First posted on Cherwell on 10/02/21
CW: mention of violence
Filing through untouched archives in Ghana, committedly searching for the name of a football manager’s wife for over a decade and a eureka-moment after having drunk a couple of beers- these are but some of the ways to sum up football writer and journalist Jonathan Wilson’s career so far. He has written popular books such as ‘Inverting The Pyramid: The History of Football Tactics’ and ‘The Outsider: A History of the Goalkeeper’, but perhaps most significantly of all, Jonathan Wilson founded ‘The Blizzard’, a football quarterly magazine which shares more “obscure” football stories. The Blizzard gives a new space for journalists to reveal unfound perspectives and to uncover every aspect of the game, however arcane that article may be. Articles in the magazine often reminisce about the historical moments of the game, or they might explore and contextualise football against various ongoing world affairs- from Thatcherism to climate change. I would personally say that Jonathan Wilson has been key in spearheading a change in how we go about treating football; that is, in his words, “to study it a bit more seriously”.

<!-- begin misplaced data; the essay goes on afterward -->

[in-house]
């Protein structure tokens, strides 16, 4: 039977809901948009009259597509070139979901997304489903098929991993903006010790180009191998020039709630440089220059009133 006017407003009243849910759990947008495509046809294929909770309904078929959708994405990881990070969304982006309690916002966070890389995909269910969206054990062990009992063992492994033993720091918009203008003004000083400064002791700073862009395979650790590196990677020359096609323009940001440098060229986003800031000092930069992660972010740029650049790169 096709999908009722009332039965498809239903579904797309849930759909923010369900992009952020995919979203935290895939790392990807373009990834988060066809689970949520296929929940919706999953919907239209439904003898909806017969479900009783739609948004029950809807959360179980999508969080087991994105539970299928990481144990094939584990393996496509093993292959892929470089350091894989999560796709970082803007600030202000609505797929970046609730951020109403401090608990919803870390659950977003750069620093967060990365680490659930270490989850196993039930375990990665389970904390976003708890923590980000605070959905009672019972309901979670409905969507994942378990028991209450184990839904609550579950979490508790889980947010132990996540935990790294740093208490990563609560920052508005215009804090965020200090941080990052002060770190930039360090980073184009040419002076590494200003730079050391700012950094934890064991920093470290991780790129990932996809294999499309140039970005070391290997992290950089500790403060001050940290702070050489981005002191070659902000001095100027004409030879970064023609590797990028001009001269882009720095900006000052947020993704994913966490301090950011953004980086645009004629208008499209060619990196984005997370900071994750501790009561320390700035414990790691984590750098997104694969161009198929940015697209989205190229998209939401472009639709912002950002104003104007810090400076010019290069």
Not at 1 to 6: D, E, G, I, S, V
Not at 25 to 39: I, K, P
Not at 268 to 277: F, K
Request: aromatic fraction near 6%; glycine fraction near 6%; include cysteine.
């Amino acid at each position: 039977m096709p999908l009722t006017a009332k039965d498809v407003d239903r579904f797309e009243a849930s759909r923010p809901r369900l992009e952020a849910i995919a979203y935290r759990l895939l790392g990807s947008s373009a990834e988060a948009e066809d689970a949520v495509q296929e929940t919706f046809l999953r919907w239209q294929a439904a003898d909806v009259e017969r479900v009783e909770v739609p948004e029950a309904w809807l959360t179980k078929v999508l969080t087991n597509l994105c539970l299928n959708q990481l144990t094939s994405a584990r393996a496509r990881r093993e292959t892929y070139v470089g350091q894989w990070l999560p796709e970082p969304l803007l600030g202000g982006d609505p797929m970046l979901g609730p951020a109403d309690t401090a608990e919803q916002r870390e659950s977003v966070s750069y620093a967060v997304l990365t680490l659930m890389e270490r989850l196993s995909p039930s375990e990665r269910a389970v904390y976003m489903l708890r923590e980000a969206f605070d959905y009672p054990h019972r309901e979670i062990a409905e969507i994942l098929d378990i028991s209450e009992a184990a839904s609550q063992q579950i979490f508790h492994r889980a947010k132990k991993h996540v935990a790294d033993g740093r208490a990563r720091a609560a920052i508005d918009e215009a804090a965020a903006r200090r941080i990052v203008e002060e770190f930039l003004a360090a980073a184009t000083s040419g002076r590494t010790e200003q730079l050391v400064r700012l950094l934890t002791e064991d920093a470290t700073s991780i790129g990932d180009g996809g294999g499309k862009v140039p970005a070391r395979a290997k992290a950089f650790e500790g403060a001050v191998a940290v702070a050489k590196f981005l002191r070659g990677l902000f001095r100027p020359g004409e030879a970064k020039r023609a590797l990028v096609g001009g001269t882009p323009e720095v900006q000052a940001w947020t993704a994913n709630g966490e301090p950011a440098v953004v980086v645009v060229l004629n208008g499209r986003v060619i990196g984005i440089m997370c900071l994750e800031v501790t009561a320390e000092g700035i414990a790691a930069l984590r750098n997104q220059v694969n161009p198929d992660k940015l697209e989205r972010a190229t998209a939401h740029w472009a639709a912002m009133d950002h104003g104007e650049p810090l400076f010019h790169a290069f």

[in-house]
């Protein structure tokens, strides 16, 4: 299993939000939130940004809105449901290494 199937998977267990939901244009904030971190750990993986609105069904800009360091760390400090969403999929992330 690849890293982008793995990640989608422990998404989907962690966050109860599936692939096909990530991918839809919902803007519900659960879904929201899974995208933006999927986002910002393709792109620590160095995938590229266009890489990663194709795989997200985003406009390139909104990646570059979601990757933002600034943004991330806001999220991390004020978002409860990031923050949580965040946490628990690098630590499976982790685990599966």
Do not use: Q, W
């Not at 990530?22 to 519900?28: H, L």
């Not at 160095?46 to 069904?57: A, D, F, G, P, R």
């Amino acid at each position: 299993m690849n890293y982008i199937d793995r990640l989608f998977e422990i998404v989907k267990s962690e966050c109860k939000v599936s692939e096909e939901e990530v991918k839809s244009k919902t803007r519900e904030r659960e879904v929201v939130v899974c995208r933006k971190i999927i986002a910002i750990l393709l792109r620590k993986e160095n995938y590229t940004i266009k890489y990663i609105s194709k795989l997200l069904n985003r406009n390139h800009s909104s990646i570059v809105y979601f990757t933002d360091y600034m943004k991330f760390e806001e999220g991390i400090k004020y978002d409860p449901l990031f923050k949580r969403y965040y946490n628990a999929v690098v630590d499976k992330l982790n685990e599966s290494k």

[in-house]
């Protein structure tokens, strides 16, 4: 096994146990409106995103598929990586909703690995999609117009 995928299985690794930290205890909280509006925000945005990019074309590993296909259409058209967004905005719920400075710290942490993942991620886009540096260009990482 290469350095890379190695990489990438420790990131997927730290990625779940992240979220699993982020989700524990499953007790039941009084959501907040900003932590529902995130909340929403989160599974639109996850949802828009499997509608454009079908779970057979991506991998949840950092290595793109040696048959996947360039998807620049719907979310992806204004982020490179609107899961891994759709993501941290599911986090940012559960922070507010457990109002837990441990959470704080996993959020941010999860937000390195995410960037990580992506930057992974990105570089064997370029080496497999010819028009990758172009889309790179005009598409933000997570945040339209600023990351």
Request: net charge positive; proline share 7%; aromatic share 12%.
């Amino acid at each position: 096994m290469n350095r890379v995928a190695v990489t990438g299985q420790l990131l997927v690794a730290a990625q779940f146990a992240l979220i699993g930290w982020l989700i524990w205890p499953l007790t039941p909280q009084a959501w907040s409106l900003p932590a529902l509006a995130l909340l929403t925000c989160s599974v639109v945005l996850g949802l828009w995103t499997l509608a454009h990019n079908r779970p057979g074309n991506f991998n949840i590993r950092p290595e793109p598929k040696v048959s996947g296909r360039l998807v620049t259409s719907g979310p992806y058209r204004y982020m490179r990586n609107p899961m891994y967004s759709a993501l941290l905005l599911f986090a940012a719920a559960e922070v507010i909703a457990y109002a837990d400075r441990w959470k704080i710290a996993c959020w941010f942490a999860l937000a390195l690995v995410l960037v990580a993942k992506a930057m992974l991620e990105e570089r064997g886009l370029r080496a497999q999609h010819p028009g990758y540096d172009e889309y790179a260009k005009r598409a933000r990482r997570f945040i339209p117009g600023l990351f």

One of the things The Blizzard prides itself on is its “long read” articles. The Blizzard’s writers don’t have to face the constraints of strained 300-word limit articles. I asked Wilson what it was exactly that had caused him to create a magazine that treats all matters of football in depth. He told me that he had been interested in doing a piece on Steve Mokone in 2009, who was the first Black South African to play in Europe. Steve Mokone, as Wilson explained to me, later became a professor of psychology in Canada. Mokone was jailed after he was convicted of throwing acid at his ex-wife – he has always maintained his innocence. This led to letters being sent from South African authorities to the CIA trying to get him out of prison. Jonathan Wilson wanted to be able to write a long article on it. “The problem was newspapers didn’t have space. It’s a story that requires a couple of thousand words to tell it properly,” he tells me. The creation of The Blizzard would allow for Jonathan Wilson to break free from the confinements of mainstream media- a freedom to write at any length. 12 years on from 2009, “long read” articles are more common across different newspapers and media companies. He gave a small, nervous laughter when he realised that this USP of his quarterly magazine is not as powerful as it had once been.